Oracle Corp., the world’s second- largest software maker, sold $3.25 billion of bonds in two parts in its first offering in more than a year and the biggest debt sale by a nonfinancial borrower in 13 weeks.
The company’s $1 billion of 3.875 percent 10-year notes yield 85 basis points more than similar-maturity Treasuries, and its $2.25 billion of 5.375 percent 30-year bonds pay a 140 basis-point spread, according to data compiled by Bloomberg.
Oracle will apply proceeds to repay debt due in January 2011, to replenish cash used to pay debt that matured in May, and for general corporate purposes, according to a person familiar with the transaction, who declined to be identified citing lack of authorization to publicly comment on the sale.
The software maker, which has acquired 67 companies since the start of 2005, “views this as an advantageous time to lock in some long-term funding,” said Dave Novosel, an analyst with corporate bond research firm Gimme Credit.
“Oracle likes to keep a lot of cash on hand just in case there are opportunities in terms of acquisitions,” Novosel, based in Chicago, said in a telephone interview. “This gives them more flexibility in the capital structure, pushing debt further out.”
The company sold $4.5 billion of debt in June 2009 to help finance its acquisition of Sun Microsystems Inc., which was completed in January, according to data compiled by Bloomberg. The $7.3 billion purchase helped boost fourth-quarter profit at the company. Oracle, based in Redwood City, California, had $1 billion of floating-rate notes that matured in May and has $2.2 billion of debt coming due in January, according to a July 1 filing with the U.S. Securities and Exchange Commission.
Today’s offering is the biggest by a nonfinancial issuer in the U.S. corporate market since Telefonica SA, Europe’s second- largest phone company, issued $3.5 billion of debt in April through its financing affiliate, Bloomberg data show. Including financial issuance, the previous biggest offering was on July 7, when Kreditanstalt fuer Wiederaufbau, the German development bank, sold $5 billion of securities.
Oracle issued $1.75 billion of 10-year notes last year that priced at 99.627 cents on the dollar to yield 5.052 percent, or a 155 basis-point spread, Bloomberg data show. The company sold $1.25 billion of 30-year bonds that priced at 99.334 cents on the dollar to yield 6.175 percent, or a 185 basis-point spread, the data show.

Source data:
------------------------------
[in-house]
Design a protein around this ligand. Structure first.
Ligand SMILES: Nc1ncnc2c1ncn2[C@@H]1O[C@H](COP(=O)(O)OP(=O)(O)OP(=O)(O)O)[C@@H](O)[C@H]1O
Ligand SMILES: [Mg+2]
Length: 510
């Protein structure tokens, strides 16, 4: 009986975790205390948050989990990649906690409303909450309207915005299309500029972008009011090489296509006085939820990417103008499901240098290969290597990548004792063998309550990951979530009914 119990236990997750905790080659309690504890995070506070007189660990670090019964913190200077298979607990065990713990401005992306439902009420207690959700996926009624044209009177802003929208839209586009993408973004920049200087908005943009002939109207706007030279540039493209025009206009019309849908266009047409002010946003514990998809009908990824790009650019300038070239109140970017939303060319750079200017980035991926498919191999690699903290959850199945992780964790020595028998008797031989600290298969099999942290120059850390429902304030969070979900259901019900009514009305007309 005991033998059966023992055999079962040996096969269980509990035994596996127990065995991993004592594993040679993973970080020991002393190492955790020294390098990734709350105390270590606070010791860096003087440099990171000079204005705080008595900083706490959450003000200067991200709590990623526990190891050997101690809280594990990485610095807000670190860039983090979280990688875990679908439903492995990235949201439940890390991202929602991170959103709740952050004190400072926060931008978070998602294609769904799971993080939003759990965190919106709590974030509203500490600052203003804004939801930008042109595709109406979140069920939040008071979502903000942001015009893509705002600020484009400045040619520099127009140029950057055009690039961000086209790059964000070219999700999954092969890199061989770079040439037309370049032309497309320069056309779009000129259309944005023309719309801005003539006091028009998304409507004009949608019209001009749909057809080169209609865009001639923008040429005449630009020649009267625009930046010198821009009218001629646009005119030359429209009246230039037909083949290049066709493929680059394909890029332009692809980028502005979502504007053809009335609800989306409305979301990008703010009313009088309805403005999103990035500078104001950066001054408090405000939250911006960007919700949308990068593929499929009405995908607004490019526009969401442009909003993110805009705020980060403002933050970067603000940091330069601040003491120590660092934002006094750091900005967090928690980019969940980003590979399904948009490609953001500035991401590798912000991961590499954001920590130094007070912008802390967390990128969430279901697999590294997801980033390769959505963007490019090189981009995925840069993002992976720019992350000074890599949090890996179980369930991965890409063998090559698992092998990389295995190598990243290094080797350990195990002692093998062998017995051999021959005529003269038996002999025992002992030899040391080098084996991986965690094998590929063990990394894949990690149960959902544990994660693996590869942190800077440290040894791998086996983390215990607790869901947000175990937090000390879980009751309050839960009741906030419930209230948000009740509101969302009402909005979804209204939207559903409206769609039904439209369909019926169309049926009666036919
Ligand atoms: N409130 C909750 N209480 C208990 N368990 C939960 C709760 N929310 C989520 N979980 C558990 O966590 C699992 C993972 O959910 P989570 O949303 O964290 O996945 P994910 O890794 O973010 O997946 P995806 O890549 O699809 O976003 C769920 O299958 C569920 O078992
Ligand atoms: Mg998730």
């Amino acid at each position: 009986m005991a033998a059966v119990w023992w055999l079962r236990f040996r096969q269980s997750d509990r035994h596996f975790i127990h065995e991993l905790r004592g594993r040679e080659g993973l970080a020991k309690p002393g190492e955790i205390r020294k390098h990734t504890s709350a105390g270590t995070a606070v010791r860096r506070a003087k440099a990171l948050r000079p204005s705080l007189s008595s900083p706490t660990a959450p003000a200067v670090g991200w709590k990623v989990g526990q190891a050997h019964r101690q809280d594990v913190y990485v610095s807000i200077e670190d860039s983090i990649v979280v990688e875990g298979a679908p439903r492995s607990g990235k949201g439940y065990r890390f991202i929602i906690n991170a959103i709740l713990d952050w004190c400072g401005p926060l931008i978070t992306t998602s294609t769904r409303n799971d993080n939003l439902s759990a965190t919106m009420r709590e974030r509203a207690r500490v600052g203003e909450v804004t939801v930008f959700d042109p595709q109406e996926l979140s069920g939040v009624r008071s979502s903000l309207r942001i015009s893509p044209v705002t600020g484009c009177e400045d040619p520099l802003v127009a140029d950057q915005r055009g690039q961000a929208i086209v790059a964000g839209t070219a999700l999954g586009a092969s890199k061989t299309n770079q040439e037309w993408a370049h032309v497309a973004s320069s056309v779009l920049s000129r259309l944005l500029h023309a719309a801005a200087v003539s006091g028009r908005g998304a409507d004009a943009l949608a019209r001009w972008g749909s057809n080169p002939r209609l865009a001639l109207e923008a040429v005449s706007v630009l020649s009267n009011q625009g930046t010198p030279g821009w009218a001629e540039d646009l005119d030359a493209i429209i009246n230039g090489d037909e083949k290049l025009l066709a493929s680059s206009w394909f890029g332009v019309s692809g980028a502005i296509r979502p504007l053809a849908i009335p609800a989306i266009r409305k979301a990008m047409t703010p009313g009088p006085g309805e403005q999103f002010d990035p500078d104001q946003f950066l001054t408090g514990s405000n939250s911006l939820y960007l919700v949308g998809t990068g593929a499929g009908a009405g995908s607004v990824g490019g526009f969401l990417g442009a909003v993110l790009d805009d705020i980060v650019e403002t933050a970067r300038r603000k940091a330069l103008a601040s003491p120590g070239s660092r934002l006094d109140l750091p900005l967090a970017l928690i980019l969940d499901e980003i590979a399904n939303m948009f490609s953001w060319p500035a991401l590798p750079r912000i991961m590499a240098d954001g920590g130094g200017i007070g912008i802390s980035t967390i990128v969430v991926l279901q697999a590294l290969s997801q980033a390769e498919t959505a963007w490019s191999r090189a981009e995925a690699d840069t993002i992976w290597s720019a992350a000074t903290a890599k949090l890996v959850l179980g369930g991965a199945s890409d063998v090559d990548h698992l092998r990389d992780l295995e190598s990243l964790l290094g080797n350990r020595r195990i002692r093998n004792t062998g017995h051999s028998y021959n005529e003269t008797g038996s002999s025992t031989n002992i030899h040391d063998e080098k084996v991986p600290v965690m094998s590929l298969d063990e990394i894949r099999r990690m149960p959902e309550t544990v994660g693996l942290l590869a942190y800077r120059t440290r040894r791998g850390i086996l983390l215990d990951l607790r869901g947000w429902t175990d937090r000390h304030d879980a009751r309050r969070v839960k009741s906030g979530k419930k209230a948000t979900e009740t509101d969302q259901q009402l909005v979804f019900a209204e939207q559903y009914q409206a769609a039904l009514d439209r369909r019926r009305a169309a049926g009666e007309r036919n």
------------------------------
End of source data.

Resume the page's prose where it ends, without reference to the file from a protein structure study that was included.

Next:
Outstanding Bonds Decline
The debt due in 2039 fell 3.53 cents to 112.082 cents on the dollar, raising its yield to 5.27 percent, or 123.6 basis points more than benchmarks, according to Trace, the bond price reporting system of the Financial Industry Regulatory Authority. The notes due in 2019 fell 0.41 cent on the dollar to yield 3.65 percent, a 58.1 basis-point spread, Trace data show.
The company sold more 30-year bonds than it has ever previously issued, Bloomberg data show.
As of May 31, $16.6 billion of Oracle’s more than $18 billion in cash and securities were held by foreign divisions, Standard & Poor’s said in a note today.
“Whatever their balance is, it’s not always readily available, because it’s tough to repatriate it from foreign countries sometimes because of tax consequences,” Novosel said. “That’s another reason they’d prefer to issue here.”
The notes are rated A by S&P, five levels below the top investment grade and may be given an equivalent A2 by Moody’s Investors Service, Bloomberg data show.
“Oracle has sufficient financial flexibility to fund ongoing acquisitions and share repurchases from cash on hand and available liquidity sources without materially weakening its financial profile,” S&P analysts wrote in the note.
JPMorgan Chase & Co., Bank of America Merrill Lynch and BNP Paribas managed the sale for the company, the person said.
Microsoft Corp., the world’s largest software maker, raised $1.15 billion of interest-free financing from its first sale of convertible bonds last month, Bloomberg data show. A basis point is 0.01 percentage point.